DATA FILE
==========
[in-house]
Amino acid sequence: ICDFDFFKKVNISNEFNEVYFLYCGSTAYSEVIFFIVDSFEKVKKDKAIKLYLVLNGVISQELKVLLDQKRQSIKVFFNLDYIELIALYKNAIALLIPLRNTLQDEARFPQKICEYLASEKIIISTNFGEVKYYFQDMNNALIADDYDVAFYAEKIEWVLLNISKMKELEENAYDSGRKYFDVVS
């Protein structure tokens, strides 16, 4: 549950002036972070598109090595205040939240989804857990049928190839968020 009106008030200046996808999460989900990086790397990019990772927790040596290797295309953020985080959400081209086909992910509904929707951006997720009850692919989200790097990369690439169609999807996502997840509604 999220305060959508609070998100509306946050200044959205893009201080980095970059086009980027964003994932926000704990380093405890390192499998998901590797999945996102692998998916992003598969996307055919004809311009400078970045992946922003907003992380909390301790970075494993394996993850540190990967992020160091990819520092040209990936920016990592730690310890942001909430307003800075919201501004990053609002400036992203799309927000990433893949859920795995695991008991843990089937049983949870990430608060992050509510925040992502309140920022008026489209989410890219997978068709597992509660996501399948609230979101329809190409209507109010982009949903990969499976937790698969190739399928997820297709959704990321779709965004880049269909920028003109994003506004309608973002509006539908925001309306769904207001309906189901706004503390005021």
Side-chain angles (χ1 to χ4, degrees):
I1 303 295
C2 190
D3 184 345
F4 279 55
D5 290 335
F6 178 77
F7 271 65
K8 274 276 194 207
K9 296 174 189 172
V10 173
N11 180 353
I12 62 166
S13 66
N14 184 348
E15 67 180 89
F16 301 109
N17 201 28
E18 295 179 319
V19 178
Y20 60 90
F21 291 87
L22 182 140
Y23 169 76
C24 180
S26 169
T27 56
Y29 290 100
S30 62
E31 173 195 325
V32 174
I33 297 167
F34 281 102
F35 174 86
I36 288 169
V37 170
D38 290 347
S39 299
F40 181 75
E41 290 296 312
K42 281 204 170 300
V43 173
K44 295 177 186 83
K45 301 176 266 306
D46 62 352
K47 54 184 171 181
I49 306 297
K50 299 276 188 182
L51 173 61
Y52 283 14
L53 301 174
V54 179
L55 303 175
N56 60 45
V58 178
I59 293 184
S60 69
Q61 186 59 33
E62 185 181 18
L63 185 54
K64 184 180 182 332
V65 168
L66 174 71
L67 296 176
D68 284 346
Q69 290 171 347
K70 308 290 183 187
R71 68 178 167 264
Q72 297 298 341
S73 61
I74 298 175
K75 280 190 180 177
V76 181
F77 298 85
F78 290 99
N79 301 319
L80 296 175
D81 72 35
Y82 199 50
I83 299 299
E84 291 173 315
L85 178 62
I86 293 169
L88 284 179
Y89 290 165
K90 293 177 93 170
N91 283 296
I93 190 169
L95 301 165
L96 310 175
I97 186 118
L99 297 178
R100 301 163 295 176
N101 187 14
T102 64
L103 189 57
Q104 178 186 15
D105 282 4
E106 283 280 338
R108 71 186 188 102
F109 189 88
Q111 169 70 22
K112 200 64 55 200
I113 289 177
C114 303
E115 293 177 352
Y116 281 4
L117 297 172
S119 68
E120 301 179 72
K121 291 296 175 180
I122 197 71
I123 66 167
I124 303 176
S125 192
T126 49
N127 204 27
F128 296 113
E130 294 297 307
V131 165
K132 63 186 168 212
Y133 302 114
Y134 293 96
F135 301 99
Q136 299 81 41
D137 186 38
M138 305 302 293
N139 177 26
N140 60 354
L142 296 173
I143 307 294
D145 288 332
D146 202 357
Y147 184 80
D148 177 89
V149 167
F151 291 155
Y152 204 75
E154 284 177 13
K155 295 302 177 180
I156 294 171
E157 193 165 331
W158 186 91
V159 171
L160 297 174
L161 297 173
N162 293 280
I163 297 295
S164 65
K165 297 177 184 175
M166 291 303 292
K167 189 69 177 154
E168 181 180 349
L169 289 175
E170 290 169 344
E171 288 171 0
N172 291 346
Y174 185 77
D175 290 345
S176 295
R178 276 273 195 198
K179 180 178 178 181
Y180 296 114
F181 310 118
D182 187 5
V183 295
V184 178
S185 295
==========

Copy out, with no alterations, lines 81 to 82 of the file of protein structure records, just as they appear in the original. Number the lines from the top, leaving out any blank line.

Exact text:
D81 72 35
Y82 199 50